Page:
Where have we come to? We make a show of greed and compulsion and status in the name of innocence and love. We do not "give," we "buy for." We exhibit no charity, only guilty conscience. We slaughter our natural resources in the name of life. And meanwhile, over half our brothers on this earth are hungry.

Let us pause this holiday season and give a moment to consider what it stands for. We are entering the last few years of man's tenure on earth, so perhaps we can—just for a moment—break the hypnosis that binds us to these unfeeling and costly perversions of the Great Rituals of love and charity. Let us think of doing just one little thing which will be true to the fine Pagan spirit that the Christmas rituals are founded upon. Let us do some small service for our fellow creatures.

To this end, let me tell you what I am doing. Not to prove my worthiness, but to offer you some concrete starting points.

First off, I have no tree—not in the Christmas Tree sense. I have, instead, a live, potted tree. After the season, I will take it to Malibu Canyon and plant it in the burned earth, that some life might be reborn there.

I give no gifts—nor cards. I personally know no one to whom I would traditionally send gifts or cards who is either hungry or homeless, thus they are not in need. The people I treasure—and who treasure me—need no gifts to measure esteem by, and those who need tokens are not truly friends.

I have, instead, converted what resource I have available into commemorative and used stamps which I send to a small church in Chicago. The ladies of this church trade the stamps for surplus government food, which they distribute to orphanages and the needy. One used stamp, believe it or not, buys a half pound of surplus food.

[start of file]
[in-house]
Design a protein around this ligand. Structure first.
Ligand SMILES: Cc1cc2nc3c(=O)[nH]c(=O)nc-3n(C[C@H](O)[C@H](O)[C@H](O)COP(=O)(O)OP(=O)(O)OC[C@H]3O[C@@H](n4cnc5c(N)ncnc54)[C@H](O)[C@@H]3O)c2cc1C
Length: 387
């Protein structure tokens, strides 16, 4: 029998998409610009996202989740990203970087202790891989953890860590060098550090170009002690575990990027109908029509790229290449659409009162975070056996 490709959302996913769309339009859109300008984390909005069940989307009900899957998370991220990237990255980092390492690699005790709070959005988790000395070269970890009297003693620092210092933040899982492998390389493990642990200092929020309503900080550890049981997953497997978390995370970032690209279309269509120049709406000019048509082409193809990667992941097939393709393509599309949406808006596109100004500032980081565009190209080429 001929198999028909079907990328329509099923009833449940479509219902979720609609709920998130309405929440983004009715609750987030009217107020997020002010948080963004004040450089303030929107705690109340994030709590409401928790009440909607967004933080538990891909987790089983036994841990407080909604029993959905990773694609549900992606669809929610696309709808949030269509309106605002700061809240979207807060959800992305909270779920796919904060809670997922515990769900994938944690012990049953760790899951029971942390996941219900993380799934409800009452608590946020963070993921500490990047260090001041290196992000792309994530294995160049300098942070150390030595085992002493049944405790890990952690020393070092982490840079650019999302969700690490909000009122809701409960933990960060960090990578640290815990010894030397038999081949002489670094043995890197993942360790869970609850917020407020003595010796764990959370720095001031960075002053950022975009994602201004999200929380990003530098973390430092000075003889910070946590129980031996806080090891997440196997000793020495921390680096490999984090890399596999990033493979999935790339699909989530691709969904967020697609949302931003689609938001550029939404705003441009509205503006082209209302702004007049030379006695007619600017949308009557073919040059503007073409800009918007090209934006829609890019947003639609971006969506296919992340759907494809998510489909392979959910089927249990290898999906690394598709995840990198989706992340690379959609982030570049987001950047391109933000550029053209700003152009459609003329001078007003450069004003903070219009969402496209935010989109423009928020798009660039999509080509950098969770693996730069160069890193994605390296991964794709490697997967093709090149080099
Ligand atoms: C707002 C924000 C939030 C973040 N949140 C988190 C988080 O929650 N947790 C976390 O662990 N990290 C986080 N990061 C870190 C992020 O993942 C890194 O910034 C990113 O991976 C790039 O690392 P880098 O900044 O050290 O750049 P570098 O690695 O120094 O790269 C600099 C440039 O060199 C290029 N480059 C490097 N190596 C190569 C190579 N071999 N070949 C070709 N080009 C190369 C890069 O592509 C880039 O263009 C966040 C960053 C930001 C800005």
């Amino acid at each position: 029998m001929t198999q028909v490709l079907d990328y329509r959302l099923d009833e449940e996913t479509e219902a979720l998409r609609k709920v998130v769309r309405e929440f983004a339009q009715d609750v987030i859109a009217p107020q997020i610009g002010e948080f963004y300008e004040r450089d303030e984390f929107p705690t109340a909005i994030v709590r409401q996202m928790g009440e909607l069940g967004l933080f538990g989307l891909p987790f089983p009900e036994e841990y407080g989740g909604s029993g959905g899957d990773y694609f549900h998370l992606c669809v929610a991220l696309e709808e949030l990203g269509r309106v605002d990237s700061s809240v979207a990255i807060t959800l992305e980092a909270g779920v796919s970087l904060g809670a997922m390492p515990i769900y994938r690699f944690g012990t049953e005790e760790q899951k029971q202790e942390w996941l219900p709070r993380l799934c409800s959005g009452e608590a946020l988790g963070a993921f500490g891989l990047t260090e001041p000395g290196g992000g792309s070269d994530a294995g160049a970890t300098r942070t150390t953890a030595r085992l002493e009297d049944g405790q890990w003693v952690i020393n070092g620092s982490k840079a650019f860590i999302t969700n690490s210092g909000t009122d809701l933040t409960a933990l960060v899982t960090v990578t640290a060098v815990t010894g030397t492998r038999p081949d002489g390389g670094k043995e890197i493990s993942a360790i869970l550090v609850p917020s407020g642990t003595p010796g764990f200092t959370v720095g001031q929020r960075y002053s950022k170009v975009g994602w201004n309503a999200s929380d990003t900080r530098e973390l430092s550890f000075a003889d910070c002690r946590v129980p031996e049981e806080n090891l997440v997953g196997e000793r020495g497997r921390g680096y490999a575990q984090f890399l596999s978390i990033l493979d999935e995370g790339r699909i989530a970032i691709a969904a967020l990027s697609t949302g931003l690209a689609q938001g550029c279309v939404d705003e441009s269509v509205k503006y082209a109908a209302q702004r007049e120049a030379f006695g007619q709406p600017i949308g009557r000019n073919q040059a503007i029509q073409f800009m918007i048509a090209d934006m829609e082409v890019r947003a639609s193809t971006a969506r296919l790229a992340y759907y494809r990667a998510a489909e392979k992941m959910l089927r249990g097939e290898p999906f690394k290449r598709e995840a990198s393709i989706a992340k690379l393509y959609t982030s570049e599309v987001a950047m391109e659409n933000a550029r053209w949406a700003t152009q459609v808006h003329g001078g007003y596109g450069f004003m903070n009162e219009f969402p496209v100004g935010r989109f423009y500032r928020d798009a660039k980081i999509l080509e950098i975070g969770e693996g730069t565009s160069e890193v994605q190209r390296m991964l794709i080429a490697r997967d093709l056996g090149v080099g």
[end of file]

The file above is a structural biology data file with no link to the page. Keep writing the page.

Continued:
I do not give to organized charities—Salvation Army; that sort of thing. These may be honest, charitable groups as far as they go, but they do not go far enough for me. I keep thinking how many children could be fed by the money spent on uniforms and modern buildings and the director's Cadillac.

I do not give to the church. I can't help thinking of the Chicanos in the barrio, and of how out-of-place they would look in Saint Basil's, the two million dollar church the Catholics threw up on Wilshire to compete with the synagogue across the street.

I make no feast. I will have an open house for visiting and talking and being with my friends. But there will be only such food and drink as we bring to share, and none of it fancy . . .

These are not things done to garner reward. Neither false modesty nor smug self-righteousness. They are simply attempts on my part to live within the spirit of the occasion in spite of the Great Shuck that has become our heritage. For you, perhaps, they may seem ineffectual . . . or pointless—or worse—hypocritical. If so, I can only say, "Do your own thing."

Just give a moment's thought to what it is that you do. To what you are celebrating, and why. Take that long pause to consider where we are, what has brought us to this place, and where we are going. Trace the branch to the tree, the tree to its roots. Look into history and your own heart. Then, in the most joyous spirit you have, share with your Brother and Sister a very happy Christmas.